While there is a lot of press release gold around this event, the larger goal should be to identify little changes in our everyday lives to save energy. There is a possible involvement of 1 billion people in this years Earth Hour. While it is great that all of these people are going to shut off their lights for an hour, think of the impact if these people also made easy changes to ‘go green’ for the every hour, not just Earth Hour. Little actions could include:
- Getting a reusable mug. The average American uses 100 Styrofoam cups a year. If everyone involved in Earth Hour got a reusable mug, 100,000,000,000 Styrofoam cups would not be used this year.
- Getting a reusable bag. For every reusable bag in use, 288 disposable bags would not be used per year. If everyone involved in Earth Hour used 1 reusable bag, 288,000,000,000 plastic bags would not be used this year.
- Getting a lunchbox. The average school child creates 67 lbs. of trash and food waste per school year. This comes from too-large portions as well as disposable bags and single serve items. If everyone involved in Earth Hour committed to eating what they pack for lunch and packing it in reusable containers, 33,500,000 tons of waste.
- Recycling an aluminum can. Recycling a single aluminum can saves enough energy to light up a regular lightbulb for 4 hours. If everyone that participated in Earth Hour recycled 1 aluminum can, we could light up a light bulb for 456,621 years. In other words, we could light up every lightbulb in every residence in America for almost 2 hours.
- Unplugging appliances not in use. When an appliance is plugged in, even if it is not turned on, it is still using energy. Is your phone charger plugged in right now? What about your coffee pot? These items use ‘phantom energy’ which accounts for up to 5% of your total energy bill. Unplug items not in use or get a power strip that can easily be unplugged when items are not in use.
- Eating 1 local meal a week. The average meal travels 1500 miles. In other words, one meal eaten by every Earth Hour participant travels around the globe 60,236,125 times. By eating one local meal a week, we can save a lot of energy as well as support our local economies. (and eating locally doesn’t necessarily mean eating at a local restaurant!)
While there are some that think Earth Hour is not a good idea because it gives the wrong impression that we need to all sit in the dark to save the planet and others participate just to spite different organizations, I think its a good chance to reassess how much we depend on all of our electronic gizmos and look forward game of scrabble while drinking out of my reusable mug and eating a locally grown salad.
Are you participating in Earth Hour? What do you plan to do?
Except that at current landfill rates, that means just throwing the trash in the landfill cost $4000. That does not count transporting it to the landfill. Then the price rises to over $8000. But who picks up the trash? Volunteers? This is probably the biggest cost…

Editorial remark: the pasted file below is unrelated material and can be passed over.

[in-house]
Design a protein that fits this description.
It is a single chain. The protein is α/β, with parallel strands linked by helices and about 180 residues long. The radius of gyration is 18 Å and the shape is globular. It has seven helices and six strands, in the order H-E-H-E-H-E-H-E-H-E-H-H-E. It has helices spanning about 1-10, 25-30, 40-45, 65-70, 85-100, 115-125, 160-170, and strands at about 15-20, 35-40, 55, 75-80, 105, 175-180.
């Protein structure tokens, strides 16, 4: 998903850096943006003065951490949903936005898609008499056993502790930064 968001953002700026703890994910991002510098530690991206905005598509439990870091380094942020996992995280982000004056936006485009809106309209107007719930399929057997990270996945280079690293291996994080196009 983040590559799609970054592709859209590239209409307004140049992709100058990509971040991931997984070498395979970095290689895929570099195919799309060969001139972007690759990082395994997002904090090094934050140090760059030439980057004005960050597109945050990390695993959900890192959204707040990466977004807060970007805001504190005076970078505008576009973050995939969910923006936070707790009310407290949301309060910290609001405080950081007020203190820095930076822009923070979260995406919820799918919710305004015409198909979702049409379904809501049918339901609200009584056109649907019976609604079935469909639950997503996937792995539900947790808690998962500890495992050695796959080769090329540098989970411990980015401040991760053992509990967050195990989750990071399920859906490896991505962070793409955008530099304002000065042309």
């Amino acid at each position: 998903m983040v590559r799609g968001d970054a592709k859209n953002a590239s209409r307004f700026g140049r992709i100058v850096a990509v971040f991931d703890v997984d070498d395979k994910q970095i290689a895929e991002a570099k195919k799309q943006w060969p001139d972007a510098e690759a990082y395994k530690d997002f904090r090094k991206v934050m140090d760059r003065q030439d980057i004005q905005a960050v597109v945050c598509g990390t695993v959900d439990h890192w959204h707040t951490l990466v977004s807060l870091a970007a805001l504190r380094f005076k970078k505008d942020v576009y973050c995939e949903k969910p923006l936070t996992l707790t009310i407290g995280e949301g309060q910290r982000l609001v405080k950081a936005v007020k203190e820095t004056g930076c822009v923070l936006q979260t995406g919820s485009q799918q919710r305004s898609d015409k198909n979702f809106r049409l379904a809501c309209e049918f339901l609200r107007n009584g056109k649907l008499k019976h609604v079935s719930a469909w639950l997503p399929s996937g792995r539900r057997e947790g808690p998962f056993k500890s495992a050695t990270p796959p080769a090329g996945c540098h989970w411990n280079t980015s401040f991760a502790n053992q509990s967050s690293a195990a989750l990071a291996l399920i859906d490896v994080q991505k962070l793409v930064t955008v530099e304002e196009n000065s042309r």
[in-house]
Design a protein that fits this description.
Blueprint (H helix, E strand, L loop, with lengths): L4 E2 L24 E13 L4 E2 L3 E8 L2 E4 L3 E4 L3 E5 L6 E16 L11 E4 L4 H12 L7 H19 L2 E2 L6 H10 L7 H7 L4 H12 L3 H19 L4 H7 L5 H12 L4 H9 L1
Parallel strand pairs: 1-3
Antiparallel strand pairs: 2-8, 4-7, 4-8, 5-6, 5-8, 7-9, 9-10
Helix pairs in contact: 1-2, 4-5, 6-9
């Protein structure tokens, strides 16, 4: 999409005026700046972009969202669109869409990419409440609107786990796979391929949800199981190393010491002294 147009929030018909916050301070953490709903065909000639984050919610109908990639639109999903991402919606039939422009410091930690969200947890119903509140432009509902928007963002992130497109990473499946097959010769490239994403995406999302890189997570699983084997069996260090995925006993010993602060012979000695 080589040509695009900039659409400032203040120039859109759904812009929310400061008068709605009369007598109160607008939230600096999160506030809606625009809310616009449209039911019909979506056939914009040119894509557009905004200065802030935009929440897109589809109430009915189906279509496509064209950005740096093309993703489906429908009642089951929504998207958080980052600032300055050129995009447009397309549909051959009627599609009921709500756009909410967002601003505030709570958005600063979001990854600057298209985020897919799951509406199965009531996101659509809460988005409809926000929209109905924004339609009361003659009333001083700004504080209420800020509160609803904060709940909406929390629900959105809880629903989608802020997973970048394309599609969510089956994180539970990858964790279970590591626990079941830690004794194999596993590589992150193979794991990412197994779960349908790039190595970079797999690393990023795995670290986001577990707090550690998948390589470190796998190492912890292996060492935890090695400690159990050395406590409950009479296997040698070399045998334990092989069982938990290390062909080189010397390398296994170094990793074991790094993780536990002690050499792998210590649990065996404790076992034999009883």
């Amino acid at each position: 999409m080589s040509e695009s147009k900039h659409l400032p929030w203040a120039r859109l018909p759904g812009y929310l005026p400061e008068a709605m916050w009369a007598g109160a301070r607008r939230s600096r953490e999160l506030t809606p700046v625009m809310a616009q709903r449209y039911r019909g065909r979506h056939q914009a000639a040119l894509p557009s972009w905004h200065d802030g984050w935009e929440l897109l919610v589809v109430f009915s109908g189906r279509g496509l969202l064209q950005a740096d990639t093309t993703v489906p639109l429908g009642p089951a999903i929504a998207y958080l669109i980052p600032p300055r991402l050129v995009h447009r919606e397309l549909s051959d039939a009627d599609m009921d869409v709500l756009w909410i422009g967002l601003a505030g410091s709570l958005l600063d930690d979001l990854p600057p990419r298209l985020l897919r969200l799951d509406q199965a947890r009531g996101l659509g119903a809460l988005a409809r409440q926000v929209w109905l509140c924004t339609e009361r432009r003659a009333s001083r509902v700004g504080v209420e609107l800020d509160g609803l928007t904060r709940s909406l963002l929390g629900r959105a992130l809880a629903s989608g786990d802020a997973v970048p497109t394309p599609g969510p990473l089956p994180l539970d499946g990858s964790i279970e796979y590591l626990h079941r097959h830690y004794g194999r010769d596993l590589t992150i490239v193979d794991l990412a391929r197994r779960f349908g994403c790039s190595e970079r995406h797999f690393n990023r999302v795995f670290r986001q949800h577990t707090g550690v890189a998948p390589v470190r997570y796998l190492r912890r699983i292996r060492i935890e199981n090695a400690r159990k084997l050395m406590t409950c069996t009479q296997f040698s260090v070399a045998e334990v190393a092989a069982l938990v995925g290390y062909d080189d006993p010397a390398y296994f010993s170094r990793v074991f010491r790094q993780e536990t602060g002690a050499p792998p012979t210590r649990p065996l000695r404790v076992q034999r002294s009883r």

With one of my New Years Resolutions being to reduce the amount of trash I make, it is lucky I ended up not going to Times Square for New Years Eve! My resolution would have been over before the year had begun. According to EarthFirst, 40 tons of trash were created by the one night event. There was a lot of buzz about the ball that was dropped being ‘green’, but clearly there is a lot more to do for a green event. Thinking about waste reduction not only would make the event cheaper (both because you would be buying less stuff and because you wouldn’t need to pay 163 workers over 8 hours to pick it all up)
By the city’s own admission, it makes way more (economic & environmental) sense for the city to recycle. Since I wasn’t there I don’t know if there was any special recycling receptacles set up for the event, but every other time I have been to the square, it has been difficult for me to find receptacles. Though less confetti was used this year, what about using confetti made from recycled paper and then composting it? Then the compost could be used in city parks to save on pesticide use the following year. (At least I think I have heard that NYC has a few parks, one quite centrally located…)
I totally get that Times Square is insane on New Years Eve. But that is the exact reason it is important for the Times Square Alliance to focus on waste reduction, reusing, and recycling the materials they use at their annual celebration. The 5 R’s allow every attendee at the event participate in sustainable behavior. Waste reduction is not as much the ‘it’ thing compared to talking about LEDs, but it is getting at the same issue: saving natural resources and saving money.